A North Korean government-sponsored company has reportedly been selling products to North Korean citizens using the nonprofit aid products received from the international community, including South Korea during the Yongchon disaster of April 2004.
Members of a North Korean aid organization located in Dandong City, Liaoning, China stated that 70 to 80 percent of relief products including blankets and medical tools were not sent to the citizens of Yongchon.
One person involved in North Korean aid efforts in Dandong for more than five years said, The products provided then were stored by Gwangmyung Co., one of the five major companies in North Korea, in a facility in Shineuiju and Pyongyang, and since late last year the products were sold in Yongchon and Shineuiju, as well as (areas unrelated to the disaster regions such as) Pyongyang.
The source added that with the drought this year necessities were in higher demand, and aid products were popular for being foreign made products from China and South Korea, making them much more expensive than North Korean goods.
According to aid personnel, with the influx of aid from the international community after the Yongchon accident, the North Korean government submitted a list of necessities. But many were unrelated to the accident. Under the circumstances, the North Korean government may likely have had the intention to sell the relief products to their citizens.
While transferring the goods, several aid organizations noted the hoarding of the North Korean government authorities, and commenced the direct transfer of products to the people and took photos of this process, but Gwangmyung Co. proceeded to recollect the goods after their departure.
After the demolition of the Yongchon area with the explosion in 2004, the world responded with emergency relief goods and donations. At the South-North Talks for the Yongchon Disaster Aid, North Korea noted specific products and numbers including 1000t of reinforcing rods, 1,500 desks, 50 blackboards, 50 TVs, and 10,000 tons of food when requesting aid from South Korea.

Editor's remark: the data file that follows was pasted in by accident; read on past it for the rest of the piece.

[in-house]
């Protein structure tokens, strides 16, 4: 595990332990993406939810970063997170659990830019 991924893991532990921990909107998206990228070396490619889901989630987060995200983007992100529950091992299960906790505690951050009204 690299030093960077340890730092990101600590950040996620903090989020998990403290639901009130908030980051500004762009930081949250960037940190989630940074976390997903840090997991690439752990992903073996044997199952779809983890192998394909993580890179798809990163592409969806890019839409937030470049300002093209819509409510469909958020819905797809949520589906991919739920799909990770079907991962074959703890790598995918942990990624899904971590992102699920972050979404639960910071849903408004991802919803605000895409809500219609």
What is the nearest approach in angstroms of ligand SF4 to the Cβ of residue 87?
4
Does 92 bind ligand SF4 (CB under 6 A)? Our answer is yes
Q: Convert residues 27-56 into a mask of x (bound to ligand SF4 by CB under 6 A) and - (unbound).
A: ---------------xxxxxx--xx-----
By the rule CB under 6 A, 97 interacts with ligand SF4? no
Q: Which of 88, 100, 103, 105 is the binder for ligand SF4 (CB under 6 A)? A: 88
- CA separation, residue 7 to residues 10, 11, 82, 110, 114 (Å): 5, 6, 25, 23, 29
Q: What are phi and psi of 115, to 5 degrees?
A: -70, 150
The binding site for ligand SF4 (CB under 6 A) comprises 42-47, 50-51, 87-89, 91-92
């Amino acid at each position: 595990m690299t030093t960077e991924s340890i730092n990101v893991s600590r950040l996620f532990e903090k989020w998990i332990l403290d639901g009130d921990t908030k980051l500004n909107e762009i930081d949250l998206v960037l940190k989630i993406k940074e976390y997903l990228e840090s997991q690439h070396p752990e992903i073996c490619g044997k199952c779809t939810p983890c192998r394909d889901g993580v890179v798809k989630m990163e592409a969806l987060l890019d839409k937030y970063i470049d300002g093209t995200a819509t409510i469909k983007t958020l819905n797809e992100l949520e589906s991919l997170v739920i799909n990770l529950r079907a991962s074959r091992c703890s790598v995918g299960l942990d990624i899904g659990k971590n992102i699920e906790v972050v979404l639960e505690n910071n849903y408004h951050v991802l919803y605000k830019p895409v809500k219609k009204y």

South Korea provided aid worth 70 billion won including 42 billion won by the Red Cross and the rest from civil organizations. The aid also included basic relief products such as tools to repair the roads, ramen, blankets, flour, and drinking water, as well as products for students including desks and blackboards.
One furniture company worked until Sunday by creating a production line specially to send 1500 desk sets to North Korea.
After the accident China and Russia promised $1.2 million and $450,000 of emergency relief funds, respectively, while the U.S. and Japan donated $100,000 worth of medical kits, followed by Ireland and France.
A member of a North Korean aid organization said, North Korean traders that purchase the daily necessities in Dandong said, if the products entering North Korea diminish with the UN economic sanctions, the prices of the relief products will increase.